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Bronwyn Fox  

  




Power Surge™ Live!
March 20, 2003
Host: Dearest
Guest: Bronwyn Fox
Anxiety-Panic Management


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"Power Over Panic"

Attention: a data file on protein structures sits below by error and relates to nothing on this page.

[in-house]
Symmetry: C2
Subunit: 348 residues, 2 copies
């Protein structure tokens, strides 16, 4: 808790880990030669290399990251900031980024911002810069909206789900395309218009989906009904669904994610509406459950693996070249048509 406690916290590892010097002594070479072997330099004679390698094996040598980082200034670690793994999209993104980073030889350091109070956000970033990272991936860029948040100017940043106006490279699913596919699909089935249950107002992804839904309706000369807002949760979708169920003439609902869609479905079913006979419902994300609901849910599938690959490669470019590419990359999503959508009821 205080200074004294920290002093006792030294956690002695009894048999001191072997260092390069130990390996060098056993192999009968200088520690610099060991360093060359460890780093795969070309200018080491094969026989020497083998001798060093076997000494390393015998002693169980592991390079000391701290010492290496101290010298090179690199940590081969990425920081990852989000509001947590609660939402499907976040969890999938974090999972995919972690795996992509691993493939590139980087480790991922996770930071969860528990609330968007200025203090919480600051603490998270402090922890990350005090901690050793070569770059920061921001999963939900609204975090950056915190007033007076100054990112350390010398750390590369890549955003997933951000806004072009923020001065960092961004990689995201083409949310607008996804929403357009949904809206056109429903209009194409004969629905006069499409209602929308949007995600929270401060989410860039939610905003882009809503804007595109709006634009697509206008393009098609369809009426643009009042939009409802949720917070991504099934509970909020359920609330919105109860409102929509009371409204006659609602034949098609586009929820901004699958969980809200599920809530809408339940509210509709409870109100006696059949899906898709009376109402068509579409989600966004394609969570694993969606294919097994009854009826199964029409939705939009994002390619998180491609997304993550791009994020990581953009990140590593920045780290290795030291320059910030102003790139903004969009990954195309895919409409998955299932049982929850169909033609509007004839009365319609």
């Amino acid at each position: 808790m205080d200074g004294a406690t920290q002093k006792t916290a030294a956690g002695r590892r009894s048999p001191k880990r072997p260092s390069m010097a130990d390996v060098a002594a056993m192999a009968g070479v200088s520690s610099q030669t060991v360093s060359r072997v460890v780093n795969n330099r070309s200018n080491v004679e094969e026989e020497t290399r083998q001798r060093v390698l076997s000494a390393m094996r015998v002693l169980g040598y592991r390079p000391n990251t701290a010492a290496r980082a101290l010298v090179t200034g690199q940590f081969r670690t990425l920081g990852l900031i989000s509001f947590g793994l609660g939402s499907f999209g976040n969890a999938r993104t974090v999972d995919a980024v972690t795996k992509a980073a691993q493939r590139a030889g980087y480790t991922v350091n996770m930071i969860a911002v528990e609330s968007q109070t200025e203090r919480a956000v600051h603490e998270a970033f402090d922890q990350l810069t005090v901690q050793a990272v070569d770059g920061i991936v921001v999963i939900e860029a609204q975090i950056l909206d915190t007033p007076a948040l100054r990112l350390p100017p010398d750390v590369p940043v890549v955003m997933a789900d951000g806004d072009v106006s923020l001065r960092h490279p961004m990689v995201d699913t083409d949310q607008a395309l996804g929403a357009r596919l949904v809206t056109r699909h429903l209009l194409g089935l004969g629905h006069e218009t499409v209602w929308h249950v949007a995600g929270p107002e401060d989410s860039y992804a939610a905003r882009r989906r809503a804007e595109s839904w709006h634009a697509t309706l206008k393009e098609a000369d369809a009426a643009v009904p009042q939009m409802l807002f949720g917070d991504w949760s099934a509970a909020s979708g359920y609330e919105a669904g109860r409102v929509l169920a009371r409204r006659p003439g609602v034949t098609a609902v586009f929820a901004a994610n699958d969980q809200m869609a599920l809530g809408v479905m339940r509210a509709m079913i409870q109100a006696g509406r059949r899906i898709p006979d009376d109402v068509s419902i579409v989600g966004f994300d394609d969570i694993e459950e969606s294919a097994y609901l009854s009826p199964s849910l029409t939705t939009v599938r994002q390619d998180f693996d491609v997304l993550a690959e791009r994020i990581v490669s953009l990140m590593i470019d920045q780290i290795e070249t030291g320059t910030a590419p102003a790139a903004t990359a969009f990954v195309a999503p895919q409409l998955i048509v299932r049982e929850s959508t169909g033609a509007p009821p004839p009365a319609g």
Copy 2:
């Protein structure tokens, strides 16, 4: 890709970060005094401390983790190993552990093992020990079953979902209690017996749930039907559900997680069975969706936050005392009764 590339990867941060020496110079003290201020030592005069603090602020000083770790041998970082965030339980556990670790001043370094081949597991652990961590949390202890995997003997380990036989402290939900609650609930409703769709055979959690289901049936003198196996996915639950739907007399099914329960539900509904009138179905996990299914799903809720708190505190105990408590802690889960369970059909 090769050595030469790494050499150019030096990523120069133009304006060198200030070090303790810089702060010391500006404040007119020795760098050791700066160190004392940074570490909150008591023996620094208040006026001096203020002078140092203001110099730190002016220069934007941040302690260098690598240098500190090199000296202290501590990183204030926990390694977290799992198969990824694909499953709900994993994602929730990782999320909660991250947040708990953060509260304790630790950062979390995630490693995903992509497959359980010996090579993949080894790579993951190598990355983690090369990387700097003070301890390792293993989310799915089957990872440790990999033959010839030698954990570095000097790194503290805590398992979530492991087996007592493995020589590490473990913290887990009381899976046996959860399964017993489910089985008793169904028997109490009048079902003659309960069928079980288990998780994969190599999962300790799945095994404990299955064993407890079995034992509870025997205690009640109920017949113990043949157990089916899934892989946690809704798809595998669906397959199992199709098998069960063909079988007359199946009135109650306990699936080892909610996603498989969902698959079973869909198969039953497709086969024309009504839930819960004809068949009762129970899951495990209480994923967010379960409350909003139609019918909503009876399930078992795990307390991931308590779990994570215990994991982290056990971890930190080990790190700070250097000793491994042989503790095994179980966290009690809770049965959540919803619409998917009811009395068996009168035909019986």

(Bronwyn Fox's 4th visit to Power Surge) Dearest: My guest tonight is Power Surge's Anxiety-Panic Expert, the author of "Power Over Panic: Freedom From Panic/Anxiety Related Disorders," "Working Through Panic," (which you can get on Bronwyn's Web site) and the audio cassettes, "Anxiety Panic: Taking Back the Power". Having been housebound with panic disorder/agoraphobia for over two years, Bronwyn was able to overcome it through the power of Mindfulness Meditation. This has helped her gain control over her fears and she's been involved in the area of Anxiety Disorders since. Bronwyn co-founded PADA, Australia's Panic Anxiety Disorder Association. Her award- winning Panic and Anxiety Management Workshop is in every capital city in Australia. She also does workshops online on her Web site, The Panic Anxiety Hub. Leading anxiety disorder specialists have assessed her workshop to be 85% effective for people who experience an Anxiety Disorder. It's great to welcome you back to Power Surge, Bronwyn :) Bronwyn Fox: Thank you Alice it is great to be back. Dearest: You say in Power Over Panic, "Healthy self-esteem and anxiety disorders are mutually exclusive. A healthy sense of self-esteem comes from a strong case of authenticity. A sense of 'who I am' that when we know and understand ourselves, we are able to deal with the variety of stress that comes our way without violating or negating ourselves". Can you elaborate on that statement because I know many people who are confident, have good self-esteem, but are very stressed and/or anxiety ridden. Bronwyn Fox: No I don't! Many people who have an anxiety disorder, do feel that they have good self esteem but (there is always a but with me) if we investigate further we will find that under the surface, the need to be liked to be loved, to be all things to all people is extremely strong while it is normal to want to be liked / loved. People with an anxiety disorder have 'dedicated' their life to this and sacrificed much of themselves to the point that they do not know who they are and feel they have no inner resources to help them work through their anxiety disorder. Not knowing ourselves means we do not trust ourselves and this impacts on our ability to work with our anxiety disorder. Dearest: So, like I said in one of our previous chats, anxiety can actually be an addiction of sorts? Bronwyn Fox: Not so much an addiction, per se, as people work through to recovery they discover that so much of their anxiety is now being generated by trying to be all things to all people. For some people learning to become who they are, can be very frightening and it can seem easier to stay with their anxiety rather than get to know themselves. Moozie: I have very bad health anxiety, I worry about every symptom like I am going to die. Also, can anxiety only be dealt with only using medications? Bronwyn Fox: Moozie, this is very common. Many people do worry 24 x 7 about their symptoms and do think that they are going to die. And it is these fears that keep all the symptoms going. Cognitive Behavioural therapy is the most effective therapy in the long term for anxiety disorders. Many people use medication but also learn cognitive behavioural therapy as their skills develop they then slowly with draw from their medication under medical supervision and then manage any anxiety / panic themselves. Heights: I think I have a pretty good sense of who I am, yet I have such a debilitating fear that prevents me from going over bridges or driving in unknown territory. Bronwyn Fox: These two fears could be more specific phobias rather than part of the mix of anxiety disorder fears you can learn to work with these fears by also using cognitive behavioural therapy. Dearest: Heights, if it's any consolation, I, too, had a phobia about bridges and elevators and eventually I overcame it with some practice, through methods similar to what Bronwyn teaches. Bronwyn Fox: Cognitive Behavioural Therapy = CBT which will be my short hand version. Dearest: Bronwyn, can you give us an example of how you'd help someone overcome such a phobia? Bronwyn Fox: Working with specific fears also means that we need to see our thoughts that are creating the fear and as we practice going over a bridge, driving to unknown places we need to allow ourselves to feel the fear and our anxiety / panic. Many people make the mistake of trying to fight it. That only makes it ten times worse. We need to allow ourselves to feel it and not run from it and work with our thoughts i.e. not become involved in all the "what if" / "ahhhhhhhh" type of thinking. Dearest: So, in short, we need to go through the storm in order to find the calm. Bronwyn Fox: Exactly Alice, and if we are practising CBT we can get through the storm more easily. Jane25: I had severe panic attacks, about 6 years ago. I was afraid to leave the house they were so bad. But now I am fine and never had medication for them. I think, but will never know, mine were caused by perimenopause but I had no idea what was happening or why. Dearest: That's not uncommon during perimenopause. Bronwyn Fox: This can happen Jane at the moment researchers are still trying to find the link between hormones and panic/anxiety and hopefully they will find it soon! Dearest: Isn't panic / agoraphobia often the result of trauma? I would imagine to many women being thrust into perimenopause can be traumatic. Bronwyn Fox: There is no doubt that many people with panic disorder had a major life stress prior to the development of their disorder and I think the stress of the hormone changes can play a major role as you say Alice. Glady: Even when I feel like I have everything under control and am feeling fine, the fear is always there that the anxiety attack will rear its ugly head anytime. What can be done to prevent one from occurring? I take Xanax but I still keep thinking it is not going to prevent another attack. Bronwyn Fox: The ultimate prevention is for us to lose our fear of having a panic / anxiety attack for most people with panic disorder there is a genetic contribution to having panic attacks and so in times of major stress etc we may have an attack. I will still have an occasional attack, but because I no longer fear them they are over in 30 seconds and there is no residual anxiety it becomes so what rather than what if. If you use mindfulness or another cognitive technique, you can learn to lose your fears and as I said this is the ultimate prevention. Dearest: What is the singularly most important thing you would say to someone suffering from anxiety / panic attacks? Bronwyn Fox: That they are not going to hurt them in any way, it is the way we perceive and think about them that causes the damage. Glady: How do you make yourself do that? Bronwyn Fox: Glady the way to do this is to see a cognitive behavioural therapist. They can teach you how to do this. Glady: When these attacks are happening, and they could be anywhere anytime, deep breaths at what make them stop. Bronwyn Fox: Deep breathing is only a temporary relief. It doesn't teach you how to lose the fear of them. This is why learning CBT is so important. Debrikkia: The first time I had a completely debilitating anxiety attack (body froze) was about 10 years ago while doing something that I totally enjoyed, bowling. Out of the blue, I just froze up and couldn't move when I went to throw the ball. I didn't try to bowl again until 2 years ago. Lo and behold, without there being a thought in my head about it, it happened again. Can you give some insight as to why this might happen? Bronwyn Fox: Ah, Deb, there is always a thought in our minds! If we have not learnt to be mindful/aware then we don't see the triggering thoughts. If you think back on the way to the bowling centre I think you will find that you would have been thinking, what if it happens again? Next time you go to bowl become aware of your thoughts, they will be what if-ing or anticipating in some way. Jane25: I'm with Heights about bridges. Mine started after the 1989 earthquake here when the Bay Bridge was damaged and the Cypress. I agree with trying to over come it, but what would happen if someone had a full blown panic attack trying to cross a bridge. That would be a horrible place to have one. What would one do? And to answer Dearest I have had therapy after the earthquake. Bronwyn Fox: Jane do the bridges have stopping lanes? If so then you can slowly move over into it and stop until the panic subsides. If not move to the slow lane and slow down. If you don't have any cognitive skills, slow you breath down and you will find that the panic will ease but be aware any panic on the bridge will be triggered by the way you think about crossing the bridge. There will be a lot of what if thoughts before you get to the bridge. If you can learn to control these, then you won't panic. Dearest: Bronwyn, what about just going with the feelings when you're panicking in the middle of a bridge? I mean, letting the panic happen and just keep going. Bronwyn Fox: Yes, I always teach this Alice, it is all part of it but it can be too hard for people to do if they are not aware of how their thoughts are creating it all. When people try and let go, if they are not also working with their thoughts they become more anxious because it hasn't disappeared. GoodLife: I've had two incidents, very rapid, pounding heart,sweaty palms and feet, burning chest. The first one last 9 hours (I did go to emergency), a year later, last week another one that lasted a few hours. Both times I awoke out of a deep sleep with them. I thought attacks were short-lived. I just started Zoloft. Is one medication better than the other for anxiety? Bronwyn Fox: Nocturnal panic attacks happen on the change of consciousness, either when we move into sleep, or into dream sleep or into deep sleep or back into dreaming sleep and when we are frightened of them they can go on for an hour or more before we drop back into high anxiety. I used to have many of these attacks and spent half the night at the ER LOL. Now if I have one I just roll over and go back to sleep. So what! This is what we can do when we do not fear them any more. In regards to medication, if you have just begun to take Zoloft, the panic attack may be a side effect of your medication why not have a word to your doctor about this. I don't offer an opinion on any of the medications, because what works for one person may not work for someone else. Zoloft is one of the most common medications prescribed for panic disorder. Jane25: Thank you very much Bronwyn. Those are great suggestions for my fear of bridge crossing. Dearest: And, Jane, read Bronwyn Fox's book, Power Over Panic. You can find links on her transcripts in the Power Surge Library at www.power-surge.net/library.htm JKern: I seem to have palpitations mostly at night and at certain times of the month they are worse. They seem to come mostly with hormone changes like the start or end of my period or ovulation. How do you tell if palpitations are connected to something physiological or with anxiety? Bronwyn Fox: Your doctor will be able to tell you if there is any physical cause and you can explore to see if they way that you are thinking is triggering any anxiety about it. That makes sense. Not LOL JKern: Are palpitations typically part of the anxiety attack or can they be sometimes? I got it. Bronwyn Fox: What I meant was if there is a hormonal link, you can learn to see if you are adding anxiety into the mix by the way you are thinking. Dearest: And, for the menopause part, palpitations are a common vasomotor response to hormone fluctuations - which can bring on anxiety - which can then bring on more palpitations and panicky feelings. SdeeK: What about Effexor as a medication for anxiety/panic? I've been overwhelmed lately with anxiety/panic/what if's? because of life's lovely surprises and I'm looking for something other than Xanax to help. Don't want to be addicted to it, and find I'm taking more and more crumbs. Where does one purchase your book? I have two adult children that also suffer with this. Mother recently fell in the basement and broke her hip - life as we know it is over. She lives with me. More anxiety heaped on - also PVC's that cause anxiety. So very tired of it all. Have had periods in my life where I was anxiety-free but they creep back in when stress is on. We really do all live through this - it hasn't killed any of us yet and probably won't. What an awful feeling though. Hmmmmm. depressing. Our thoughts truly do control us - Do you experience panic/anxiety, or did you? What is your story? How fortunate for you that you can just roll over and go back to sleep. I can too when not alone. I fear other things now, and I know they are all anxiety/panic related. The grand and glorious "what if's". How do we conquer them? Bronwyn Fox: I really don't want to comment on individual medications, except to say overall that any of the medications, SSRI anti depressants and tranquillisers can have withdrawal effects and any withdrawal of our medications needs to be supervised by our doctors. In regards to my own experience, I was bedroom bound for almost two years. I had rolling panic attacks and anxiety 24 x 7 for almost 4 years. SdeeK: Oh - doesn't sound fun. Bronwyn Fox: I used meditation and a mindfulness cognitive technique and this is how I recovered and stayed recovered. SdeeK: Is that info in your book? Bronwyn Fox: You are certainly under a great deal of stress. Why not consider seeing a CBT therapist? Yes it is in my book! Dearest: For those who don't know, Bronwyn offers an anxiety/panic management program ONLINE. I've attended it twice and it's very effective. You will find a link to Bronwyn's books on her transcripts - the last one is /transcripts/bronwynfox3.htm Bronwyn Fox: I will send Alice our CBT links for the USA there may be a therapist in a town close to you. Lee: I have had hot flashes for about 5 years, I am on Vivelle Patches. Have you heard about this HRT? Bronwyn Fox: No I haven't, Lee. Sometimes medication and / or patches have different names here in Australia. SuperGrammieJean: I started having panic attacks after the birth of my second child. I was only 24. They got worse and developed into agoraphobia and after awhile the fear of driving and having an attack, I stopped driving. Do you think that it was caused by hormones at such a young age? I am 53 now and have come a long way, but still won't travel by myself or drive yet. Thank goodness I have an understanding husband. Bronwyn Fox: Many women do develop post natal distress, (also known as post natal depression) after the birth of a child. What can happen is the stress of the birth, taking care of the baby etc can trigger the genetic predisposition for panic attacks once this is triggered then our fears and anxiety can keep it all going. Although you haven't been able to drive or travel for so long, you can fully recover the latest CBT techniques are very effective so long as we are prepared to do the work necessary. Glady: I am very confused by what I have been told is panic attacks and when I read all these other descriptions I guess I need to have a definition / symptoms again and are anxiety and panic attacks the same thing? Bronwyn Fox: They can be, but people who have 'spontaneous' panic attacks do have a number of symptoms that are different to the normal anxiety symptoms. These include the feeling that nothing is real and/or perhaps we are not real, looking through a white or a grey mist, perhaps the feeling of having an out of body experience, many people experience these symptoms first and panic or become anxious about them. We have a full list of symptoms on our website. I will send Alice the link to this for you. PeriGirl: I've had attacks over the past 15yrs, so bad at one point I lost my job. I was successful for about 3yrs with the cognitive approach, then 2 years ago, I could not get my thoughts under control. I try deep breathing, counting the alphabet backwards a gazillion times, telling myself this will pass, not to fight it, etc. I even go through the whole thing about diaphragmatic breath and it's link to the parasympathetic nervous response. Yet I still can't seem to get this under control. I'm currently on Klonopin, a low dose, which helps reduce the frequency and intensity. I've been on it before, and I look forward to being off of it, except for the detox part. I've discovered there is a definite link to my hormonal cycle, in addition to the random attacks. I've also had these in conjunction with Atrial Fibrillation, which makes things more festive, but fortunately I can differentiate between the two. Though the A-Fib can certainly trigger anxiety. What other suggestions might you have for me? I'm currently seeing a CBT. Bronwyn Fox: What you need to work on, is learning to lose your fear of your symptoms. When we don't lose our fear it can all be triggered again. I understand about the A- fib my sister has this and also had panic disorder, but she lost her panic fears and is able to keep her A-Fib under control. I would suggest that when you are having an attack, try and stay there with it and work with your thoughts. If we use distraction techniques such as counting backwards, forwards, or using the alphabet or deep breathing, all we are doing is distracting. We are not learning about our attacks/ anxiety and we are not learning how to control our thoughts and controlling our thoughts and losing our fears is the way to long term recovery. Dearest: Bronwyn, look at the political climate we're living in. Is it any wonder that anxiety and panic are at epidemic levels? It would seem this is the most difficult time to overcome anxiety while we're in the midst of war and terrorism. I can't even turn on the news, it makes me so nervous! What are your thoughts? Bronwyn Fox: I agree with you Alice. I have been feeling anxious since it began 24 hours ago, and what I have been doing is just allowing it to be there while making sure I am not going through it in my head over and over again. It is very normal for people to be anxious and frightened at the moment even if they don't have an anxiety disorder. When we have a disorder we can make sure we don't add to it by thinking "what if" about it all, and as I said, allowing ourselves to be anxious. Debrikkia: (No--haven't had therapy) I moved cross country a little over 2 years ago from CA to VA. Since then, I will only drive around my town, and within a 10 mile radius due to a fear of the traffic here, and the thought that if I take a wrong road, I may end up in DC or Pennsylvania! I don't force myself to drive farther because I don't trust my instincts behind the wheel should panic take over. I couldn't bear to be responsible for causing an accident that injured someone. Are you saying that CBT could help with this? I would love to feel confident to drive wherever I want to again. (You addressed a similar question a few ago--but am asking this again anyway-sorry) Thanks Bronwyn Fox: If you see a CBT therapist they will teach you how to work with your thoughts and they will also help you to work on your driving so that you can expand the distance that you can drive. Dearest: Bronwyn, please give some information about your online program for anxiety/panic. Bronwyn Fox: I run a six week online mindfulness panic anxiety management program. In this program I teach people how to meditate and how to use a mindfulness based cognitive technique. We also discuss how to work with our avoidance behaviours and how to work with set backs. Thank you Alice! Dearest: And how can people get in touch with you if they're interested in the program. I know women in Power Surge have used it and benefited greatly, including myself. Bronwyn Fox: They are most welcome to email me at E.mail me and I can send them the details and link to our website. The next program begins Tuesday night 8th April at 8.00 PM USA ET. Vickie: I get anxiety really bad and it seems to be perimenopausal related. I have tried Zoloft and felt totally "spaced out" on it and had a bad headache every day. Also tried Paxil with the same feelings. I tried these for about 7-10 days each. Then they switched me to Lexapro which made me feel great for a couple days then brought on very bad anxiety....The anxiety level goes up and down with my cycle. Progesterone cream seems to help somewhat. HELP! I get very anxious also when in a car. Bronwyn Fox: It can, as you say, be peri menopausal related, but because we hook into our thoughts about it. What if, etc. This generates more anxiety and panic. This is why learning either a mindfulness based cognitive technique or another cognitive technique is so important because it assists us to not add in anxiety / panic thoughts about it all. Vickie: But I can be sitting there watching tv when all of a sudden - wham - it comes over me. Bronwyn Fox: Ok, this tells me Vickie that you are dissociating. Many people with panic disorder do this, including myself. I will send Alice the link to this page on our website. This will help you understand it more. Dearest: If you're not on the mailing list, Email me at PowerSurgeWoman@aol.com and I'll send you the welcome letter with lots of information and links to Bronwyn's area on Power Surge as well. SuperGrammieJean: So when we are having a panic attack, exactly how do we "control our thoughts" I always use the distraction technique. Bronwyn Fox: It is not easy for me to go through it in this forum. For this to be taught properly we need quite a few hours to go through it all. Dearest: Use the message boards also. There are numerous threads on just these topics. The boards are at /php/forum/index.php. MomBear: Can you tell me what causes middle of the night panic attacks. I go to sleep fine and peaceful, then wake up two or three hours later with a pounding heart and a great feeling of dread. I know what they are but I am interested in why they happen in the middle of the night. Dearest: Oftentimes, hormones. Bronwyn Fox: The nocturnal panic attacks happen on the change of consciousness as we go to sleep or move into dreaming or deep sleep or back into dreaming sleep. Dearest: Bronwyn, thanks for spending this time in Power Surge tonight fielding our questions about panic attacks and anxiety. I recommend Bronwyn's books, "Power Over Panic" and "Working Through Panic," plus her excellent cassette tapes, "Anxiety Panic: Taking Back the Power". You can visit Bronwyn's Web site, The Anxiety Panic Hub at: www.panicattacks.com.au Read Bronwyn Fox's first transcript Read Bronwyn Fox's second transcript Read Bronwyn Fox's third transcript Disclaimer: Every guest in Power Surge is a highly respected professional whose opinions are his/her own. An appearance in Power Surge does not constitute an endorsement of a guest's views. None of these transcripts may be reprinted or reproduced without the express permission of Power Surge™ and the respective guest. Read other transcripts by returning to the Library. Dearest aka Alice Stamm Power Surge Founder, Facilitator, Host Copyright©1994-2005 by Power Surge. All Rights Reserved.